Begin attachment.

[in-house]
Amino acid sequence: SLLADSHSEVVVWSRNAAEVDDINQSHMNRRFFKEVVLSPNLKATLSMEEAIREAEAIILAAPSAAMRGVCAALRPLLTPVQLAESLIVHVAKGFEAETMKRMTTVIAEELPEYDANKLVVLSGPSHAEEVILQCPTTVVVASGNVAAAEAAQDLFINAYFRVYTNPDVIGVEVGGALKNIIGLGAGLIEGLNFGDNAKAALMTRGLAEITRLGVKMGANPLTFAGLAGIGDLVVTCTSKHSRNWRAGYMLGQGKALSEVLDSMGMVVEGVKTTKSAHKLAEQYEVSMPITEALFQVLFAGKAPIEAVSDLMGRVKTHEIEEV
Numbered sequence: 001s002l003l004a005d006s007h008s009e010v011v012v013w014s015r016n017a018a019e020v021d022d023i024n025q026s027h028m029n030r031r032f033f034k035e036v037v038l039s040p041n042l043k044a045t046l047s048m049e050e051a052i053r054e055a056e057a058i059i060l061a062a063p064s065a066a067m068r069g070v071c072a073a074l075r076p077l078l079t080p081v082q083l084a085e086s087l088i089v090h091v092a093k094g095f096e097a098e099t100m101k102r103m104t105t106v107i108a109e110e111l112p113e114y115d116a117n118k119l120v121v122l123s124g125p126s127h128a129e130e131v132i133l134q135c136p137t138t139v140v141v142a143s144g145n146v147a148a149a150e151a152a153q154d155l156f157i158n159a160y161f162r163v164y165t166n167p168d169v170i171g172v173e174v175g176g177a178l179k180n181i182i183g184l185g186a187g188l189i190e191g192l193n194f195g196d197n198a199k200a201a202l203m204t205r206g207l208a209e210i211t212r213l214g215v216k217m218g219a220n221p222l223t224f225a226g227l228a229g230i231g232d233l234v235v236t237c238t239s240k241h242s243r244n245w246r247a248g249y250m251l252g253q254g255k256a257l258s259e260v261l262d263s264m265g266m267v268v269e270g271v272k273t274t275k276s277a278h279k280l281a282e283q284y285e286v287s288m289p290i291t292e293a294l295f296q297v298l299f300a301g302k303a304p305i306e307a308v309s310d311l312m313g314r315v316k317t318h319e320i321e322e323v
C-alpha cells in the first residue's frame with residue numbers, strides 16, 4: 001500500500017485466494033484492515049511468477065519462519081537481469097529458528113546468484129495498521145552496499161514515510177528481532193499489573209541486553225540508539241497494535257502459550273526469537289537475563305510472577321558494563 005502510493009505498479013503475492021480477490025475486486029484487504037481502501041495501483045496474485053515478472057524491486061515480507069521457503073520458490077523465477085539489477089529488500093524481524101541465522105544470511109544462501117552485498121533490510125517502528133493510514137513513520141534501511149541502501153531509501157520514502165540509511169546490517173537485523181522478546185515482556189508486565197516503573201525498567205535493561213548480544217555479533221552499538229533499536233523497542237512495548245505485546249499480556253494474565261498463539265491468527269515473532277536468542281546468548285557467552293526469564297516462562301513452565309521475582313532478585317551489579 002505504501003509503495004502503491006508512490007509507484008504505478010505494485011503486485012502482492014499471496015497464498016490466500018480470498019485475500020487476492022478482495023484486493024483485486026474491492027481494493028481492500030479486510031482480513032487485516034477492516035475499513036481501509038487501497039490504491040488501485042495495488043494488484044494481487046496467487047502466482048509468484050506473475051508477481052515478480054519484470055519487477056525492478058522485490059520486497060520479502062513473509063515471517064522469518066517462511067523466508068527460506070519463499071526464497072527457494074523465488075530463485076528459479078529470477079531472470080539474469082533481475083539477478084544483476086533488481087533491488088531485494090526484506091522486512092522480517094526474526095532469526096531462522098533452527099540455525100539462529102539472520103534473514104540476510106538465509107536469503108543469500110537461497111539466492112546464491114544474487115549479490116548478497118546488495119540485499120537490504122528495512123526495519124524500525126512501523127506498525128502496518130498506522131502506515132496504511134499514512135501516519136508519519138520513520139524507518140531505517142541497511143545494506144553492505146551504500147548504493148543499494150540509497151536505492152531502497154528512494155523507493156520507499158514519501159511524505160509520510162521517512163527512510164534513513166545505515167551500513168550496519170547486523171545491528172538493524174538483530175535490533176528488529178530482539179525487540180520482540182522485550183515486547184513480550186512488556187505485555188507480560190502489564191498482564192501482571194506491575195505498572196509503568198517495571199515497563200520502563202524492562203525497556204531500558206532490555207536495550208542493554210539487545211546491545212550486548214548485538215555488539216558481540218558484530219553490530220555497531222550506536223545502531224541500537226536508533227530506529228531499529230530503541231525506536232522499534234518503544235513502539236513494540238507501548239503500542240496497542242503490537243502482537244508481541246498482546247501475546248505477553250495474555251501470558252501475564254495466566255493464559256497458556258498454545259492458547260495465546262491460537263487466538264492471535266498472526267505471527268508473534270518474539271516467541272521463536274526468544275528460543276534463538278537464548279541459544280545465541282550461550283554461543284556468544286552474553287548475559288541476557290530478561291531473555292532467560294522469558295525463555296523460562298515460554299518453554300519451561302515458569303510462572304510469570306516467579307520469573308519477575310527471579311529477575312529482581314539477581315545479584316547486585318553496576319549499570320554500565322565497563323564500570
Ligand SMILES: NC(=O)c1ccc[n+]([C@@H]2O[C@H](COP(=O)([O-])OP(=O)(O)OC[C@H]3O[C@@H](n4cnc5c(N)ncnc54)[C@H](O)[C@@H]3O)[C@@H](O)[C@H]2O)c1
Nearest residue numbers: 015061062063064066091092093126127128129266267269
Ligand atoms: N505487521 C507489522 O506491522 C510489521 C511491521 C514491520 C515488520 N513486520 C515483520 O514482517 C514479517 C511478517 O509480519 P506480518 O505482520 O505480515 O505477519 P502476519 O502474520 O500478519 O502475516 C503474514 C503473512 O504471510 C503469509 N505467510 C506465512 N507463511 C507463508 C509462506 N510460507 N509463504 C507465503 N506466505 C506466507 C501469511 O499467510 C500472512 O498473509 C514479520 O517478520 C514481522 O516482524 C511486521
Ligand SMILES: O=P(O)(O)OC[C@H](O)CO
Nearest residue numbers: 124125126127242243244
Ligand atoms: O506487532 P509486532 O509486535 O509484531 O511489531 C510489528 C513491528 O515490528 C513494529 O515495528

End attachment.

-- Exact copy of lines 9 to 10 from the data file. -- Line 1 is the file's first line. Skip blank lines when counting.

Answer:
Nearest residue numbers: 124125126127242243244
Ligand atoms: O506487532 P509486532 O509486535 O509484531 O511489531 C510489528 C513491528 O515490528 C513494529 O515495528